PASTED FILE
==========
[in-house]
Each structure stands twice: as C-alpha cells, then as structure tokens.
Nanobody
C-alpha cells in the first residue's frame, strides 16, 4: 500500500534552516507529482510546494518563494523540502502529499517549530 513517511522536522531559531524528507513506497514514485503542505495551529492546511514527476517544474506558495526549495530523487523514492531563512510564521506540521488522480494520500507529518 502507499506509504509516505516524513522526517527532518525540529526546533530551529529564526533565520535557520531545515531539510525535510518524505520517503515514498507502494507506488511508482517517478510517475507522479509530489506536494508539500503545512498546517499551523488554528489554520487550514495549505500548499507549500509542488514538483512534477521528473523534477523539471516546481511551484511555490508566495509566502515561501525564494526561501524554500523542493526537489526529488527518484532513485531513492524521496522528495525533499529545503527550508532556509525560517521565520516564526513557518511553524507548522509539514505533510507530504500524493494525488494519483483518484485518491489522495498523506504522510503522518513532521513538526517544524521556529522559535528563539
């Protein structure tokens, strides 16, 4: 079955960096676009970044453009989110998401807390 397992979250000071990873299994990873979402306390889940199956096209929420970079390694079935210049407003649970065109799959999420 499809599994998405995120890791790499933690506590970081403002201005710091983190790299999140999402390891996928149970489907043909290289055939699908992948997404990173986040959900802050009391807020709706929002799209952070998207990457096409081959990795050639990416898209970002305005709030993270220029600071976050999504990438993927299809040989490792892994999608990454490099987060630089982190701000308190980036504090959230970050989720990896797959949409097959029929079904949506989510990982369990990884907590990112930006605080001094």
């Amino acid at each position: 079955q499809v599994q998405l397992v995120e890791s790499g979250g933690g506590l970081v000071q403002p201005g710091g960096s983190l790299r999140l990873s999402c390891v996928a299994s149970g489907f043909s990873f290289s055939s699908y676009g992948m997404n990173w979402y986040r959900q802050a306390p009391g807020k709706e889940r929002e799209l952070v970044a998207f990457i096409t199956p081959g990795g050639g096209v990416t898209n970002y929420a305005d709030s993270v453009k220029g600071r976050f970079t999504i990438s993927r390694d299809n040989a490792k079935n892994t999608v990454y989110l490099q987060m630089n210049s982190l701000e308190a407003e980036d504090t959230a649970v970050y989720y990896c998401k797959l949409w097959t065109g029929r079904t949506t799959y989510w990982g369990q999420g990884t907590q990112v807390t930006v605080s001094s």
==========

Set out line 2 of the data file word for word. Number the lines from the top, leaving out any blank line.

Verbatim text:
Each structure stands twice: as C-alpha cells, then as structure tokens.